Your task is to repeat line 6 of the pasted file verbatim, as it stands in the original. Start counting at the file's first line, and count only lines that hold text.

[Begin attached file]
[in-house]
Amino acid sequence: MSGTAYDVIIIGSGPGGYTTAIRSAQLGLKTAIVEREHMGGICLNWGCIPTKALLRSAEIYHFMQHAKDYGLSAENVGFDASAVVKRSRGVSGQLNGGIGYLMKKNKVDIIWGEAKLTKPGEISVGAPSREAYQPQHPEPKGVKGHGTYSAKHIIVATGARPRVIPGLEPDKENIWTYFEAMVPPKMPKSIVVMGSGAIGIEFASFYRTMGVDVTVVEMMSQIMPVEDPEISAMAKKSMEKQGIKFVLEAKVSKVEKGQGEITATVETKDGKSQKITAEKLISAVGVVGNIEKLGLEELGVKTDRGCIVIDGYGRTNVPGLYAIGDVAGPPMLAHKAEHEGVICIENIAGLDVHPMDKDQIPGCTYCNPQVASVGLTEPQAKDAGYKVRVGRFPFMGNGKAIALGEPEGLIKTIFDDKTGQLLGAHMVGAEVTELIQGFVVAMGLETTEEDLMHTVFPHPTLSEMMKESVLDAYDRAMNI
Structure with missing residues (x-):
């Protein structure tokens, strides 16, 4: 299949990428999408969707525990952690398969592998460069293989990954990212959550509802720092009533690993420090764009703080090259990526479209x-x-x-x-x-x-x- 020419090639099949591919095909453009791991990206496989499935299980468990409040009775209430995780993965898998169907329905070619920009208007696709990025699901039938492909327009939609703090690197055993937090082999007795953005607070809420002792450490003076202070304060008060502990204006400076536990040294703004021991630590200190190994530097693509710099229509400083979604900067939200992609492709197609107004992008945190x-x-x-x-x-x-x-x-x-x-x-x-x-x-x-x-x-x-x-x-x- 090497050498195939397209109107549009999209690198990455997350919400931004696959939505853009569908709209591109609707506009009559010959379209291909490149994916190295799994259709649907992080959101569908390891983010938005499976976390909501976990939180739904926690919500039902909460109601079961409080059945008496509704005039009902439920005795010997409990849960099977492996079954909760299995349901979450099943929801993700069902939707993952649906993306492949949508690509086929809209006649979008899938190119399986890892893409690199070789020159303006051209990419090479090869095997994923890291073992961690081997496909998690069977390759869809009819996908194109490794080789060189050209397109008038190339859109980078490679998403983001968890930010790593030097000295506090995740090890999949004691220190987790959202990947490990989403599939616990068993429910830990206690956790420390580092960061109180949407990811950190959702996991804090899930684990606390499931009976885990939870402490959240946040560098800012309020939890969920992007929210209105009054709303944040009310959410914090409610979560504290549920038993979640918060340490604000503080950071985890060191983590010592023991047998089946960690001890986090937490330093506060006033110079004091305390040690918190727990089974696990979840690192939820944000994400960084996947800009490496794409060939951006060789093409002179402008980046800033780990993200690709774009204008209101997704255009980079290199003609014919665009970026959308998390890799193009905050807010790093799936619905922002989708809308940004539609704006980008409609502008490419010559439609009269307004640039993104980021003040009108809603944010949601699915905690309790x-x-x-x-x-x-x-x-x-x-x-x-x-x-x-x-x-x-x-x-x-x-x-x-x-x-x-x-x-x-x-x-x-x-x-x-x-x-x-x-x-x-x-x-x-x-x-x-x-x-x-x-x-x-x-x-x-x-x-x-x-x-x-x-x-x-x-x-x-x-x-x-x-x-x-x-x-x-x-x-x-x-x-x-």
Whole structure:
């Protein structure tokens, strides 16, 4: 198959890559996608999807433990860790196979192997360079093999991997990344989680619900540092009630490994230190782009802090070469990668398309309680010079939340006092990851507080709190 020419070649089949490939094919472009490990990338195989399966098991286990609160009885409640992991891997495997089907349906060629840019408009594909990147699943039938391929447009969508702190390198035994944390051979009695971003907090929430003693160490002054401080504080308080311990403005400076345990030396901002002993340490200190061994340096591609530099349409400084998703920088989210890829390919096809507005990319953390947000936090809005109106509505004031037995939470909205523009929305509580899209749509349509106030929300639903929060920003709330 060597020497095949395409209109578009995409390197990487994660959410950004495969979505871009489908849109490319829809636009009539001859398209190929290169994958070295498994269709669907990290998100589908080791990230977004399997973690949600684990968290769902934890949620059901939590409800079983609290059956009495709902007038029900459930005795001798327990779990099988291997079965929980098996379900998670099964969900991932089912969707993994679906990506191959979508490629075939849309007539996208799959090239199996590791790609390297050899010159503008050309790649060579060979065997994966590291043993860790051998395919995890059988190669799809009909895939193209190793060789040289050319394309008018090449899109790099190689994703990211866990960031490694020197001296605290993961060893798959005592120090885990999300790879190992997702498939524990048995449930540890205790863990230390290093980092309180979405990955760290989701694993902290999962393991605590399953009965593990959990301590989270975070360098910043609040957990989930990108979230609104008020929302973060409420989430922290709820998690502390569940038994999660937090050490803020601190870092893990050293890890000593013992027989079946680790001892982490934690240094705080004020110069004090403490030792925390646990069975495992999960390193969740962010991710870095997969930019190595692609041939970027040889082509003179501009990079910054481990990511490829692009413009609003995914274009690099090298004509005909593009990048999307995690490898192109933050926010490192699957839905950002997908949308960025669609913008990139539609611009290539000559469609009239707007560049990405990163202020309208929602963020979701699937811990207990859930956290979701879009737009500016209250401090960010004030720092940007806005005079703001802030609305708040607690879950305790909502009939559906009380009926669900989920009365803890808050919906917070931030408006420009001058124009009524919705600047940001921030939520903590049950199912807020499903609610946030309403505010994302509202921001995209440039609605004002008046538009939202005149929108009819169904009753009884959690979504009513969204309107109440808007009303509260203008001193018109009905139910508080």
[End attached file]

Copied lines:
């Protein structure tokens, strides 16, 4: 198959890559996608999807433990860790196979192997360079093999991997990344989680619900540092009630490994230190782009802090070469990668398309309680010079939340006092990851507080709190 020419070649089949490939094919472009490990990338195989399966098991286990609160009885409640992991891997495997089907349906060629840019408009594909990147699943039938391929447009969508702190390198035994944390051979009695971003907090929430003693160490002054401080504080308080311990403005400076345990030396901002002993340490200190061994340096591609530099349409400084998703920088989210890829390919096809507005990319953390947000936090809005109106509505004031037995939470909205523009929305509580899209749509349509106030929300639903929060920003709330 060597020497095949395409209109578009995409390197990487994660959410950004495969979505871009489908849109490319829809636009009539001859398209190929290169994958070295498994269709669907990290998100589908080791990230977004399997973690949600684990968290769902934890949620059901939590409800079983609290059956009495709902007038029900459930005795001798327990779990099988291997079965929980098996379900998670099964969900991932089912969707993994679906990506191959979508490629075939849309007539996208799959090239199996590791790609390297050899010159503008050309790649060579060979065997994966590291043993860790051998395919995890059988190669799809009909895939193209190793060789040289050319394309008018090449899109790099190689994703990211866990960031490694020197001296605290993961060893798959005592120090885990999300790879190992997702498939524990048995449930540890205790863990230390290093980092309180979405990955760290989701694993902290999962393991605590399953009965593990959990301590989270975070360098910043609040957990989930990108979230609104008020929302973060409420989430922290709820998690502390569940038994999660937090050490803020601190870092893990050293890890000593013992027989079946680790001892982490934690240094705080004020110069004090403490030792925390646990069975495992999960390193969740962010991710870095997969930019190595692609041939970027040889082509003179501009990079910054481990990511490829692009413009609003995914274009690099090298004509005909593009990048999307995690490898192109933050926010490192699957839905950002997908949308960025669609913008990139539609611009290539000559469609009239707007560049990405990163202020309208929602963020979701699937811990207990859930956290979701879009737009500016209250401090960010004030720092940007806005005079703001802030609305708040607690879950305790909502009939559906009380009926669900989920009365803890808050919906917070931030408006420009001058124009009524919705600047940001921030939520903590049950199912807020499903609610946030309403505010994302509202921001995209440039609605004002008046538009939202005149929108009819169904009753009884959690979504009513969204309107109440808007009303509260203008001193018109009905139910508080």